Also, I was convinced that I was going to be a professional soccer player and I wanted to know what to do with all the money I was going to make. I wanted to manage my own finances. However, during my freshman year as a football player at Sam Houston State, I realized that I would never be an offensive lineman in the NFL. But I was able to pursue my interest in financial planning, so I moved to Texas A&M. I had looked at their financial planning and found that it contained the courses I needed to take my education and career in that direction.
What is the best thing about financial planning?
Personal finances are one of the biggest stressors in life and the leading cause of divorce. As I help people make informed decisions about money, I have the opportunity to make their lives more rewarding by eliminating financial burdens. Most people have no idea what they can or cannot do in their current financial situation and I help my clients understand how to maximize their wealth and achieve their lifelong goals and dreams. I want to help people and that’s why I do what I do.
I think I want to help families create the life that really demands them. I help them identify and achieve their financial goals by helping them develop a financial plan and stick to it. I also help them to achieve certain goals, e.g. B. Ensuring their children can attend college without jeopardizing other longer-term financial goals. I named my company Legacy Financial Designs because our goal is to help people design a personalized financial plan that will help them not only secure their own financial independence, but also build a legacy for the future.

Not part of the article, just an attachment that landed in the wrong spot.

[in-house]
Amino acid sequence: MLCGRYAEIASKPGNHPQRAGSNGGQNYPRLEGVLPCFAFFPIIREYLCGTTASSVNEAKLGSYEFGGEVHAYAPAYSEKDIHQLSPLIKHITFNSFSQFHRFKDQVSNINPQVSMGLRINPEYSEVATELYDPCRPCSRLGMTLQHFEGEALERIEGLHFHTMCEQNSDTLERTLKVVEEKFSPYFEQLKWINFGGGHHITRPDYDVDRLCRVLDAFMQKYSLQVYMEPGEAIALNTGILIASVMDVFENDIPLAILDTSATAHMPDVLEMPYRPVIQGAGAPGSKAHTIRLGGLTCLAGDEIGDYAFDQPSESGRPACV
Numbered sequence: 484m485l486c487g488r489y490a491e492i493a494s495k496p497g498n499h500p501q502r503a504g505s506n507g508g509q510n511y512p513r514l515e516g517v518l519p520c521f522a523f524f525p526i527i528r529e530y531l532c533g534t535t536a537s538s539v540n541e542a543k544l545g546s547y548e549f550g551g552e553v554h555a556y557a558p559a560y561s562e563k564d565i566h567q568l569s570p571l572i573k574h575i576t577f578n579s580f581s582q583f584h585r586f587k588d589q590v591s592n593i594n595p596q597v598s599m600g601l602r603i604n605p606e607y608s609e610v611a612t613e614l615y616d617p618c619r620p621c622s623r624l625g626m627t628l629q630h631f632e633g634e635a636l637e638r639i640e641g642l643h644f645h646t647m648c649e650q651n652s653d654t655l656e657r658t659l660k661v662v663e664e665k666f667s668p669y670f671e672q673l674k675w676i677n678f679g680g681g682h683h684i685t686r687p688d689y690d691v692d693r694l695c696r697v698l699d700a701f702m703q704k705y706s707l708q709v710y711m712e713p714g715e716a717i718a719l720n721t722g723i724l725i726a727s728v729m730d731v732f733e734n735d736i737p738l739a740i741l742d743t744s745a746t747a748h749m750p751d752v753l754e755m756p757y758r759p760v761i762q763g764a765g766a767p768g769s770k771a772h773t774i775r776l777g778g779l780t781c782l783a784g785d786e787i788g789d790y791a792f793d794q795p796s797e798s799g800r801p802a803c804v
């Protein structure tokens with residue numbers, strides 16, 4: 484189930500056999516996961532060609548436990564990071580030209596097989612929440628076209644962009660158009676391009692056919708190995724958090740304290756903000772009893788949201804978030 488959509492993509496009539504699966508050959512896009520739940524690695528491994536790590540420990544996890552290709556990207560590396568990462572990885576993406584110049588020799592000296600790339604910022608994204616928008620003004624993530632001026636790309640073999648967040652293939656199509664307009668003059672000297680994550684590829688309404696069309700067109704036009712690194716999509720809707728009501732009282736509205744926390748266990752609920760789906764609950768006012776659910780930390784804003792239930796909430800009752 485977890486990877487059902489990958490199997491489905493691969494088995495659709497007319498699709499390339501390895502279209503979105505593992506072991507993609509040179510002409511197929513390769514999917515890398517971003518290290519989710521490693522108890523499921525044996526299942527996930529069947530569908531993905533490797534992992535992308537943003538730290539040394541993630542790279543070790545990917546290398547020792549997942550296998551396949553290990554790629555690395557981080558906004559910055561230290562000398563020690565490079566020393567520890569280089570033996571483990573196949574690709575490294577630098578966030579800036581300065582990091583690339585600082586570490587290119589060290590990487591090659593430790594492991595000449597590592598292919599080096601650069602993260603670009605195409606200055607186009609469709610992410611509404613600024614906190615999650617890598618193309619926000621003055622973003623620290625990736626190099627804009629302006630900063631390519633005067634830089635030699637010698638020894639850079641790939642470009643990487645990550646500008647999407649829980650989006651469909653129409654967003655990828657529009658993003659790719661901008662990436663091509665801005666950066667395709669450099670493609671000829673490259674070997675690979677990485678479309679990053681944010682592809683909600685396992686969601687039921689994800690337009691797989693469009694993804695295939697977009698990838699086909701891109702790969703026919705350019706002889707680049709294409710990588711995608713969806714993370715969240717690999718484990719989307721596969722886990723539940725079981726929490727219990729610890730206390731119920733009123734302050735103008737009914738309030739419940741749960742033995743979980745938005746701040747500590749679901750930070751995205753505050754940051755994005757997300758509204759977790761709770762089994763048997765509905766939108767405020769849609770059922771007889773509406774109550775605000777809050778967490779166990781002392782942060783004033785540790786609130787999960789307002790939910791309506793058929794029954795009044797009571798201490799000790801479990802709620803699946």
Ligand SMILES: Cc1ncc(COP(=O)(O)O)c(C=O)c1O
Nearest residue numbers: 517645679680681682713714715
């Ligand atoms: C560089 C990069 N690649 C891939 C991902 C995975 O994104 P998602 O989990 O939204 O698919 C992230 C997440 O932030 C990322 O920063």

What was your favorite financial planning course at Texas A&M and why?
My favorite class would be Fundamentals of Financial Planning. This class should be a requirement for all students, regardless of major. Unfortunately, our public education system has almost no focus on teaching young people about money or finance, which I find absurd. Fundamentals of Financial Planning taught me to apply basic financial, economic, and institutional concepts and covered financial topics such as budgeting, credit management, investment strategies, income taxes, risk management, and retirement and estate planning.
I’ve learned that financial independence starts with the basics. Without adequate cash flow, the ability to build wealth is impossible. Financial independence comes from having a stable income, proper budgeting, cutting expenses wherever possible, and paying yourself first. When you pay yourself first, I mean putting money aside for savings and investment purposes.
Who was one of your favorite financial planning teachers—and why?